For the third straight year, Freedom House's recent survey indicates Estonia has the greatest internet freedom in the world.
Among the 47 nations surveyed in "Freedom on the Net 2012: Shifting Methods of Internet Control", Estonia placed first. Estonia was followed by the United States and Germany. On a scale from 0 to 100 (with 0 being absolute press freedom), the top three received 10, 12 and 15 points respectively.
The biggest problems with internet freedoms are in Iran, where the score was 90; Cuba with 86, China with 85 and Syria with 83.
The report was officially released at Google's Washington office.
Addressing the Washington gathering by video bridge from New York, President Toomas Hendrik Ilves said that freedom of expression online was treated as a fundamental liberty. "In spite of the fact that Estonia experienced a cyber attack five years ago, we do not support regulation or censorship of Internet freedom. Any sort of sense of security, including in the field of cyber security, cannot come at the detriment of primary freedoms, even Internet freedom," he said.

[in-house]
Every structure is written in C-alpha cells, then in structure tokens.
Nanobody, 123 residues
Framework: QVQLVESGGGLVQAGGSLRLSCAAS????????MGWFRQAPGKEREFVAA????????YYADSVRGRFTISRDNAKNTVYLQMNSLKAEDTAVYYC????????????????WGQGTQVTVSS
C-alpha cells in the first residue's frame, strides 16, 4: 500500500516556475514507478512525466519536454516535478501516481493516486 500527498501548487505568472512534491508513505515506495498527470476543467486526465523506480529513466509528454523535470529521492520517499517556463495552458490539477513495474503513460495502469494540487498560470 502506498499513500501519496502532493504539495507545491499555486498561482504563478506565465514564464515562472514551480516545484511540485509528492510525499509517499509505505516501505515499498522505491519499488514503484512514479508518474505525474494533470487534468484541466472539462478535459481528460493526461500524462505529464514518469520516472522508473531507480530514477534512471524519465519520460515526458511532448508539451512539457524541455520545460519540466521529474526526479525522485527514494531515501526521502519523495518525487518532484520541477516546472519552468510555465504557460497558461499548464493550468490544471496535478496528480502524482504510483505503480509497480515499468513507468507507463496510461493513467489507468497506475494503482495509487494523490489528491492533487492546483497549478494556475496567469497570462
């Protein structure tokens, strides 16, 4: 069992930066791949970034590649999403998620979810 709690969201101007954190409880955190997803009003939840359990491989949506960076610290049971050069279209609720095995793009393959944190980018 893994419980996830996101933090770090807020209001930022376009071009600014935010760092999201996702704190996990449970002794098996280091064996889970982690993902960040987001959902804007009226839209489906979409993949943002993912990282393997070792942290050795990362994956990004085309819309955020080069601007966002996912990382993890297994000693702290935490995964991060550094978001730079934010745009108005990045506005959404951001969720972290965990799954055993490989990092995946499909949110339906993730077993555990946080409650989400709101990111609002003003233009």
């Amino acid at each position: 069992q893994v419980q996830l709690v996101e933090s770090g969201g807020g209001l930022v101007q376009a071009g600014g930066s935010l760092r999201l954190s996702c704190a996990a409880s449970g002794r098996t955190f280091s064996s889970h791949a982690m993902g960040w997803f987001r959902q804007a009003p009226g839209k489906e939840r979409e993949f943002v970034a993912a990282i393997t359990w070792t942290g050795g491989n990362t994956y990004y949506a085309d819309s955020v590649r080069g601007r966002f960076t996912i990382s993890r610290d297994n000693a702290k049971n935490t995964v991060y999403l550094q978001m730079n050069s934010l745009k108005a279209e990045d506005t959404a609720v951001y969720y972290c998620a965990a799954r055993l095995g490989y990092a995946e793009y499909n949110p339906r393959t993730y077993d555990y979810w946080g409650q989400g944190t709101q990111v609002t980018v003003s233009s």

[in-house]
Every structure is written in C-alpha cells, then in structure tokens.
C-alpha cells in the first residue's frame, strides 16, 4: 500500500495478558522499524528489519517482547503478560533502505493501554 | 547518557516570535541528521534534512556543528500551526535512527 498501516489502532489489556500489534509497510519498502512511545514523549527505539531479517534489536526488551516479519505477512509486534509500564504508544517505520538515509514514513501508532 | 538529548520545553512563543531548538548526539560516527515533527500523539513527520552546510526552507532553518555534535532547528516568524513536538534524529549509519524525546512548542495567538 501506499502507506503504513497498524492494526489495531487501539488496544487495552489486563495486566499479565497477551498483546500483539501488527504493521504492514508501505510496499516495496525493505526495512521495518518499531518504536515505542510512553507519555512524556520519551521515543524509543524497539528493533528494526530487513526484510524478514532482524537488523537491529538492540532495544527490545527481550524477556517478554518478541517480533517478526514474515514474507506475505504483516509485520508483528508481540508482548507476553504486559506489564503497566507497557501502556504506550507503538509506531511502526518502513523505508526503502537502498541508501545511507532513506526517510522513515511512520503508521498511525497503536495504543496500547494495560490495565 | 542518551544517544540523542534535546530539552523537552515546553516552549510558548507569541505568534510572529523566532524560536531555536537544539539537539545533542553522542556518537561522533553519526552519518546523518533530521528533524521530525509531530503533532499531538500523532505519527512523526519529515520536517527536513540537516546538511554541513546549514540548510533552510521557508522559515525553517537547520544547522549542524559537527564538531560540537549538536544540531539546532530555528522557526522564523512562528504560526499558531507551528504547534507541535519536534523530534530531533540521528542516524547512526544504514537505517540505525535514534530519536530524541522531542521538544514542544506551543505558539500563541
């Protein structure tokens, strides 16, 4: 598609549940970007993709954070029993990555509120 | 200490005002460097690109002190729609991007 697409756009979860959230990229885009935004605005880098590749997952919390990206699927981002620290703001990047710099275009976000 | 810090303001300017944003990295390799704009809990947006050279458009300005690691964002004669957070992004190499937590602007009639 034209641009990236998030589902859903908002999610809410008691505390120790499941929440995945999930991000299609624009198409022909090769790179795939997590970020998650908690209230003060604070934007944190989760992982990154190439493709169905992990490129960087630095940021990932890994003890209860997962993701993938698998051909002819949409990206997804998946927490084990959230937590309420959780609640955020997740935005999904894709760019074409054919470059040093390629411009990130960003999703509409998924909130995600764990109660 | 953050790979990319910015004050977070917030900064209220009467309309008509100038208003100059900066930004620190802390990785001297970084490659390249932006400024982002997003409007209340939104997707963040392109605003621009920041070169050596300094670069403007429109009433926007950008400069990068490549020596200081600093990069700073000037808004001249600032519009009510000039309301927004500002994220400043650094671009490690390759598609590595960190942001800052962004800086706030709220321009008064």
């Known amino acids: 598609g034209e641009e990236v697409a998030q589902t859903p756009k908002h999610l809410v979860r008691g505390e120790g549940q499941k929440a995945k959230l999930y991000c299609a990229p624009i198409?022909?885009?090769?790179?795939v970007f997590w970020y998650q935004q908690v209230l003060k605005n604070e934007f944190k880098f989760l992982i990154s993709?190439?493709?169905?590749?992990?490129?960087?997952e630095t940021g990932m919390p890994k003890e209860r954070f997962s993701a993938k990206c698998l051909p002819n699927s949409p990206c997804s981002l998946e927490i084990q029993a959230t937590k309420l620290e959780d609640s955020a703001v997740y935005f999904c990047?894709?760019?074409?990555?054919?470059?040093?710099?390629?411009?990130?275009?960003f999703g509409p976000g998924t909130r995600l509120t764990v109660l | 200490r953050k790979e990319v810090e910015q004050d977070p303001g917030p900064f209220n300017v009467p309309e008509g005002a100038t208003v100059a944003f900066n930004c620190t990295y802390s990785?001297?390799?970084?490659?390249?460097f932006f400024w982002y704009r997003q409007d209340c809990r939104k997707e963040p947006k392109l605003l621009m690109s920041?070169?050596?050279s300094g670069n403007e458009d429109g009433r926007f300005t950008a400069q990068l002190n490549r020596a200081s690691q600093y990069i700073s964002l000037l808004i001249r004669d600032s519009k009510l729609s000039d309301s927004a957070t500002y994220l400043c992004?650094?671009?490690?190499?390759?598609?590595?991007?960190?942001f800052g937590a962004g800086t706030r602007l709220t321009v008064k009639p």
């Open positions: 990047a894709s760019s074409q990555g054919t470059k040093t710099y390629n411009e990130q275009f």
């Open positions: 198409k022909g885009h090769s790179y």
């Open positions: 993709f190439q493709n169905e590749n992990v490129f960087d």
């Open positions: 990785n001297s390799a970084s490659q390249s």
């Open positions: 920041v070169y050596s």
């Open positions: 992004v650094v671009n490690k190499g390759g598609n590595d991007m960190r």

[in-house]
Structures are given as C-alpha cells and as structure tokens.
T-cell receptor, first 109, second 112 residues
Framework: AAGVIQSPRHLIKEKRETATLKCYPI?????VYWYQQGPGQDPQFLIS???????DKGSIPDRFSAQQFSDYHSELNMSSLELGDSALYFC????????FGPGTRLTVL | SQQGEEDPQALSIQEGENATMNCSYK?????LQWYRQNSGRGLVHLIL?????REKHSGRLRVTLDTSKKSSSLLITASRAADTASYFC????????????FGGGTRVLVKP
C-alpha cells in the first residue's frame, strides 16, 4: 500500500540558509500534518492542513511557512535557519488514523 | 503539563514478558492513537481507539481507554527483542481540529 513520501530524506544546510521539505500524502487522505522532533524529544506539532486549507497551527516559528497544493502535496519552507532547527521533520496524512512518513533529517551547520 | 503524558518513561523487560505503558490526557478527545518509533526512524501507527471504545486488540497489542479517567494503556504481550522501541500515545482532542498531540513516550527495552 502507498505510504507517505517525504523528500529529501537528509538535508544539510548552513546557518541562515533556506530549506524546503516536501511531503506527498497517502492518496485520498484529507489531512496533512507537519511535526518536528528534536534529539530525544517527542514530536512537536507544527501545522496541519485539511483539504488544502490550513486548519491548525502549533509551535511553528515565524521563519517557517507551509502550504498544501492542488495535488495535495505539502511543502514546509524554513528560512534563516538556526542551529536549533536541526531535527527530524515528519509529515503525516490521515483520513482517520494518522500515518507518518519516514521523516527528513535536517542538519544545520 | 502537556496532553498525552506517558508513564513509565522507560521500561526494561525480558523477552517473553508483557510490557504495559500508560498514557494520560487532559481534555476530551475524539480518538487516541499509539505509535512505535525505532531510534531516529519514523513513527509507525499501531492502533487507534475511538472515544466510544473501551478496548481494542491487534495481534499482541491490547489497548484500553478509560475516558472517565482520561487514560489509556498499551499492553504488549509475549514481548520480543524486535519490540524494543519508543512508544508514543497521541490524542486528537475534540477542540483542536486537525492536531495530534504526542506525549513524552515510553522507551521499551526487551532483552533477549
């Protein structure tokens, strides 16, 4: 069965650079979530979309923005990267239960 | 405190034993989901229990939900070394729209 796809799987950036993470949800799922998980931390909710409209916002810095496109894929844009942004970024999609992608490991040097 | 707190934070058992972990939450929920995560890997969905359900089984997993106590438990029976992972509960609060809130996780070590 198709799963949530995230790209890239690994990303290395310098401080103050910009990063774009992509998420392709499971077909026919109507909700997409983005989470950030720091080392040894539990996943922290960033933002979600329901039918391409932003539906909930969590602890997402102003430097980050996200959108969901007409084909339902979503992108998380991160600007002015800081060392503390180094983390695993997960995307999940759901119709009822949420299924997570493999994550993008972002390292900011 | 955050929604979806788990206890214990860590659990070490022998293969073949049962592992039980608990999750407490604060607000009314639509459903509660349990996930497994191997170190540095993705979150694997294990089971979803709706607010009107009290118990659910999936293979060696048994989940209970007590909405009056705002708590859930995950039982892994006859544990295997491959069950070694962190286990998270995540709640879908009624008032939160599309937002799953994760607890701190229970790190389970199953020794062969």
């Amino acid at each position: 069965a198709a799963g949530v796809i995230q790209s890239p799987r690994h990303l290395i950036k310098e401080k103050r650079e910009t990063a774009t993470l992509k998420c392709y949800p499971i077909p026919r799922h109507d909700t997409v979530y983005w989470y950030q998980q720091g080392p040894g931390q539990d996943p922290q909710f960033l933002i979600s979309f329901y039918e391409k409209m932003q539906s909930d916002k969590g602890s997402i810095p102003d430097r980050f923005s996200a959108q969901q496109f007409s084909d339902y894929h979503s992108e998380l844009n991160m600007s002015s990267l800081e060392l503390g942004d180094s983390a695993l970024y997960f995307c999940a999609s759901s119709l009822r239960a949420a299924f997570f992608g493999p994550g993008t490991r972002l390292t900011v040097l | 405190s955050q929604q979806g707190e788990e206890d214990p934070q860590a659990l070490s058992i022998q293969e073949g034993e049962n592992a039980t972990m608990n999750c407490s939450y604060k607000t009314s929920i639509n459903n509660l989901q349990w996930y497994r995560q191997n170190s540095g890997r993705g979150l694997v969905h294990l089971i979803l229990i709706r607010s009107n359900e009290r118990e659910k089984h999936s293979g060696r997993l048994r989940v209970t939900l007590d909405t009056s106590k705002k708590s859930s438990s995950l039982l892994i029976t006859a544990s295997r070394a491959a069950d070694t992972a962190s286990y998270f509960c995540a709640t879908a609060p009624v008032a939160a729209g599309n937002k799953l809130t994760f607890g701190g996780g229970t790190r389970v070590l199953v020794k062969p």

Estonia did not score perfectly, however, as Freedom House president David Kramer and report author Sanja Tatic Kelly pointed out in comments to ETV. One minus was overly stringent enforcement of copyrights, leading to the removal of hundreds of videos from Youtube. Another was a court decision from 2008 that saddled forum administrators with liability for anonymous comments posted there.
"Estonia gets ten points, which means that Estonia did not get a better result in ten smaller areas," said Kelly.